No feds, no state.
          Everybody’s happy.Report

          • Jason Kuznicki in reply to Will H. says:

            The marriages performed there would not be recognized on most land jurisdictions. The recognition of marriage is a different question from the performance of it. Some states (like Maryland, where I live, or New York), recognize same-sex marriages from other jurisdictions but do not perform them within the jurisdiction. Others don’t recognize or perform.Report

            • BlaiseP in reply to Jason Kuznicki says:

              It sorta works the other way, too. There’s an interesting case, Estate of Bir where the court divided an estate between the two widows of a polygamous marriage.Report

              • Jason Kuznicki in reply to BlaiseP says:

                Indeed. Recognition is often a more effective way of settling certain disputes, even if the state itself doesn’t want to perform marriages of a controversial type. One less exotic example is that a marriage does not cease to be valid in a state where one of the partners is too young to marry, provided that the marriage was performed in a state where the partners were both of legal age by that state’s laws.

                Still, the mini-DOMA laws and amendments passed in most states have tended to refuse recognition to same-sex marriages explicitly.Report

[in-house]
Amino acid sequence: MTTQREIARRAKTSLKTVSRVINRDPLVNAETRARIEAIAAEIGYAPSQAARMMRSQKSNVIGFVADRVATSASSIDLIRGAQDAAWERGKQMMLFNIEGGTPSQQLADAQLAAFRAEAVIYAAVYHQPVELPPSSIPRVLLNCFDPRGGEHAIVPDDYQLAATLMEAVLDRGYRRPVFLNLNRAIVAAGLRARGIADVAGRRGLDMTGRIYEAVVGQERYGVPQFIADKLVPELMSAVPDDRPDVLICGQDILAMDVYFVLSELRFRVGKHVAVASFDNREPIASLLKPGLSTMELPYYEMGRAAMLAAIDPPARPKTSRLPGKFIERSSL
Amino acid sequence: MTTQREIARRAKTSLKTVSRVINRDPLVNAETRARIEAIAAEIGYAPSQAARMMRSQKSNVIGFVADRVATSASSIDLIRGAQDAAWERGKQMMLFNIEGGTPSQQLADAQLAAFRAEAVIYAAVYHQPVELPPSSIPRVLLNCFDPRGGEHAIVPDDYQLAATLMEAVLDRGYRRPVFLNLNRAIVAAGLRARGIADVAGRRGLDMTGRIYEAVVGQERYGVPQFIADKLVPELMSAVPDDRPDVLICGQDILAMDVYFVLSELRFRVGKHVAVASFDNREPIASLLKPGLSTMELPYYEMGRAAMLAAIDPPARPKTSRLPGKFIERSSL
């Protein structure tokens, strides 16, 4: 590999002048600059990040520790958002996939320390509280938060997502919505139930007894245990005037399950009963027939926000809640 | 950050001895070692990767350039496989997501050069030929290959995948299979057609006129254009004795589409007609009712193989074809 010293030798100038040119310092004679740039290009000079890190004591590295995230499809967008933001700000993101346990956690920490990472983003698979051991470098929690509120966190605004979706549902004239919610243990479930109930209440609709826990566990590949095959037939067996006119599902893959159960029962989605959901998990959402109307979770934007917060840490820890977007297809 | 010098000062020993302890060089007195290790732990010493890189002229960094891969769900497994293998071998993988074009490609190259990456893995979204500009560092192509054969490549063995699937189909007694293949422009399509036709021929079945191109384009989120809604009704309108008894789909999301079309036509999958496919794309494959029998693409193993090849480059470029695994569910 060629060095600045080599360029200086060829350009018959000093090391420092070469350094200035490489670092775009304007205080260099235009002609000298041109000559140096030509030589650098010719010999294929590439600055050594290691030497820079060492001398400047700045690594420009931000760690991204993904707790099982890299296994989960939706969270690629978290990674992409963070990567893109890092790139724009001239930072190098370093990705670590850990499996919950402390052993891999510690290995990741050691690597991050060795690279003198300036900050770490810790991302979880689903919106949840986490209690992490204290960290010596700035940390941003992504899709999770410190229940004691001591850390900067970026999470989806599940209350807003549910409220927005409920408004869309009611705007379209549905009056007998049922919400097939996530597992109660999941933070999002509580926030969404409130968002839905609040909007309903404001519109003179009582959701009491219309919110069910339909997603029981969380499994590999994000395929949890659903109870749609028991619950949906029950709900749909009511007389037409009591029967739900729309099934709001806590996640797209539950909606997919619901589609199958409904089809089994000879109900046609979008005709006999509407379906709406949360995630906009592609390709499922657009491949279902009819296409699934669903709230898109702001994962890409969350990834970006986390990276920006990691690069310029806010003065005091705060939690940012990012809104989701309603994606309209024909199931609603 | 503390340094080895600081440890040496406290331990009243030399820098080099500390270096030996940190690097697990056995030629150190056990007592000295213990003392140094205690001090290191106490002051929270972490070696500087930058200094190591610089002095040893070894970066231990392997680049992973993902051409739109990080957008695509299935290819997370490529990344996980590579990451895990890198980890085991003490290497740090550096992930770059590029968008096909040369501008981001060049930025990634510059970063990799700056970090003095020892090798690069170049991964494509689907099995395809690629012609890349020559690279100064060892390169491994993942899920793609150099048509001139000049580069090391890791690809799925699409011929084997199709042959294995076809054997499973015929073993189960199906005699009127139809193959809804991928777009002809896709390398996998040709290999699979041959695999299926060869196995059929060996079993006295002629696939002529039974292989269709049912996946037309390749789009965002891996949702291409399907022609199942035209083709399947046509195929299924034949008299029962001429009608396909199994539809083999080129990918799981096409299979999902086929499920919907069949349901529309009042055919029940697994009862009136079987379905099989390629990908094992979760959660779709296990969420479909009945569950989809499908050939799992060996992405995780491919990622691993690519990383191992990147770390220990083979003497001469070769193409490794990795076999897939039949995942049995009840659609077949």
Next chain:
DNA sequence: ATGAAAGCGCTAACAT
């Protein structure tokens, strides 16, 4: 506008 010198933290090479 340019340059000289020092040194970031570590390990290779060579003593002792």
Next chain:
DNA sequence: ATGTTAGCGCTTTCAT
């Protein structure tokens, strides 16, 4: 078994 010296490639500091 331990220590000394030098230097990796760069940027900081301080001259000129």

• BlaiseP in reply to Jason Kuznicki says:

                I wonder, at turns, if the civil union route isn’t a more appropriate venue for some of these partnerships. Consider a pair of elderly widows who live together under the same roof, wishing only to conclude some sort of contract where the survivor will inherit. Any competent lawyer could draft a pair of wills, but a civil union would be far more direct.Report

  3. Jaybird says:

    That which is done out of love always takes place beyond good and evil.

    Marriage between two persons strikes me as something that the government has no competence to judge.

    At the end of the day, they’re stuck reading a flow chart on a laminated card. “Sorry. According to the card you two are ‘not married’. NEXT!”

    This wouldn’t be so bad if there weren’t so much government coercion with regards to marriage… including, but not limited to, inheritance, hospital visitation, spousal privilege, and so on.